The Death of Adam
Marilynne Robinson, who received her Ph.D. in English from the University of Washington, is a professor of creative writing at the University of Iowa. This connection of the scholarly and the arts reveals itself in all of her writings. She is the author of the acclaimed novel Housekeeping (1981), widely acknowledged for its themes of impermanence and transcendence but particularly celebrated for its lyricism and sustained use of precise, distilled, poetic language. Her second book, Mother Country (1989), is an award-winning nonfiction work about nuclear pollution in Great Britain; it is a searing attack on the plutonium processing business and, by extension, an indictment of attitudes and practices related to nuclear power. Reviewers of that volume, too, repeatedly praised Robinson’s mastery of language and her meticulously crafted prose. The Death of Adam: Essays on Modern Thought continues in this vein, showcasing her exceptional ability to write with a stunning elegance that also reveals a brilliant thinker with a passionate belief in the importance of her subject. The ten essays in this collection ultimately have as their theme nothing less than a vision of altering the way knowledge is apprehended, altering both the individual consciousness and the larger collective consciousness in order to save the world.
In the introduction to The Death of Adam, Robinson notes that these essays were written for various occasions and publications over the past few years and that they share in common a characteristic preoccupation with “the state of contemporary society.” All of them, she accurately states, are “contrarian in method and spirit. They assert, in one way or another, that the prevailing view of things can be assumed to be wrong, and that its opposite, being its image or shadow, can also be assumed to be wrong.” The essays demonstrate that there are different and more desirable modes of thought, and furthermore, that it is only by adopting and adapting to altered ways of conceptualizing the past and also the present “view of things” that humanity has much hope of survival.
The specific subject matter Robinson considers is ultimately of less significance than this overriding sense of impassioned urgency and the need for a will to change. In these ten essays, topics range from Darwinism to Calvinism to nineteenth century schoolbooks, with plenty of other titles such as “Facing Reality” and “Family.” In several cases, there are topics that a reader may think it unnecessary even to consider—either one already knows enough about it or it is not relevant anyway. Robinson, though, is persuasive. These are present concerns. In fact, one of her main themes is that, all too often, both common wisdom and specialist wisdom contain misapprehensions of the past and lack a thoughtful examination of the present.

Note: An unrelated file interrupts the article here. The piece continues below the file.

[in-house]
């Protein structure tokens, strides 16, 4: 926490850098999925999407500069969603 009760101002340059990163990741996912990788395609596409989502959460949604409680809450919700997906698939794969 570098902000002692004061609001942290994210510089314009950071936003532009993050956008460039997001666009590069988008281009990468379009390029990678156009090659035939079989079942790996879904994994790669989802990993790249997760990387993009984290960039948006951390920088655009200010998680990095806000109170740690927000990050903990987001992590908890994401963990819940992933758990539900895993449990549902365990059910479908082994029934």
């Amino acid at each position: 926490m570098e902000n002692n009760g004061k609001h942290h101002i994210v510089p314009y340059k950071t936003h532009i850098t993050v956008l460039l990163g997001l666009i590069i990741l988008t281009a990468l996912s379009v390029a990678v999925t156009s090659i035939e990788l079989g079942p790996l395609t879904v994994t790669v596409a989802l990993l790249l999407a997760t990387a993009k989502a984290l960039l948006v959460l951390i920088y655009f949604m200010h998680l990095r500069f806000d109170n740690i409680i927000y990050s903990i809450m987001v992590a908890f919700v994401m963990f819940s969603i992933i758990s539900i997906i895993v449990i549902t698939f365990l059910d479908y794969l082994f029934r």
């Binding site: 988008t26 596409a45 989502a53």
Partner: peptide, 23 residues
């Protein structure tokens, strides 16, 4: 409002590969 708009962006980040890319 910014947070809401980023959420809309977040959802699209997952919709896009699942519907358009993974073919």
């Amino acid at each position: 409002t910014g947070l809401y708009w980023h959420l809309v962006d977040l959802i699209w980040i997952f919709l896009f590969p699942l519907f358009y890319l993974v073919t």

The first and longest essay in the collection, “Darwinism,” provides a cogent example of Robinson’s argument that primary sources are seldom read and that the context of the original works is often ill-understood. Contemporary culture assumes that it “knows” what the nineteenth century English naturalist Charles Darwin wrote and knows what attitude to have about it. Darwin’s Origin of Species (1859) and The Descent of Man (1871), most people today would say (including those who write about Darwin), either show Darwin was a clear-headed scientist who essentially bypassed notions of God by proving the evolution of life forms or, its opposite, that Darwin was wrong about evolution and that creation theory should be included in biology textbooks. The facts—the actual texts and the historical context—Robinson suggests, are much more convoluted. The same is true about the popular shorthand version of Darwinism as “the survival of the fittest.”
The full title of Darwin’s first book (seldom included in mention of it) is On the Origin of Species by Means of Natural Selection, or the Preservation of Favoured Races in the Struggle for Life. The title alone implies that “whatever is, is right,” the product of raw struggle, and that there is a teleology, or reason, behind it all that favors the elimination of species that die in the struggle. In The Descent of Man, Darwin explicitly argues that
. . . we build asylums for the imbecile, the maimed, and the sick; we institute poor laws; and our medical men exert their utmost skill to save the life of everyone to the last moment. There is reason to believe that...
(The entire section is 1866 words.)